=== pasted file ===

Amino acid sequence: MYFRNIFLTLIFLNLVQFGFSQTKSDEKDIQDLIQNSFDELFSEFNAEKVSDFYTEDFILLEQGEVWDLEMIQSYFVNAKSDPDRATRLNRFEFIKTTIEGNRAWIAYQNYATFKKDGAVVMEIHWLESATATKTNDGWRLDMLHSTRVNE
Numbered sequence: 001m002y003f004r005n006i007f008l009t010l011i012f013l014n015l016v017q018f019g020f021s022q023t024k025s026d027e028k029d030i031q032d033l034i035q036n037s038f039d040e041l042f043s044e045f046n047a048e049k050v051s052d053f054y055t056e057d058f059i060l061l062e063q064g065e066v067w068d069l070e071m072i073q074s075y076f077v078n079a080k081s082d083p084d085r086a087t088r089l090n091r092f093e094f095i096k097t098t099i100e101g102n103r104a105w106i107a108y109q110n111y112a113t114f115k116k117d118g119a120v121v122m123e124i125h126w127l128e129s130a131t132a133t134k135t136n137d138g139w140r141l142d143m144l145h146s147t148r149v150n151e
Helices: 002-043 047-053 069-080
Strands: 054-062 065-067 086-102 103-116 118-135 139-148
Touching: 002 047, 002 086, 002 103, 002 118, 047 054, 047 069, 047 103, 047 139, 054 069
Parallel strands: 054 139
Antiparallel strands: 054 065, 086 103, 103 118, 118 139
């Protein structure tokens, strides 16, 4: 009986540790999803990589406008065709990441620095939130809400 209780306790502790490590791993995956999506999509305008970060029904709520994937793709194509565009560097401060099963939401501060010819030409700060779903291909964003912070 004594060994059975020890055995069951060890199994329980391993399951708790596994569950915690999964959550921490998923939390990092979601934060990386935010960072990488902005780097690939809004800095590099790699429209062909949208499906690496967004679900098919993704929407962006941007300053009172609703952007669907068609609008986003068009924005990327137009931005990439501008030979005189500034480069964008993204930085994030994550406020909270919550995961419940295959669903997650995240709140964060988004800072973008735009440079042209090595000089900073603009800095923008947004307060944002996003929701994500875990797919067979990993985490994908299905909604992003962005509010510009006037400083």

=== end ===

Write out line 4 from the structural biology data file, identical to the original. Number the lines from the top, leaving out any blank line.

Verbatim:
Strands: 054-062 065-067 086-102 103-116 118-135 139-148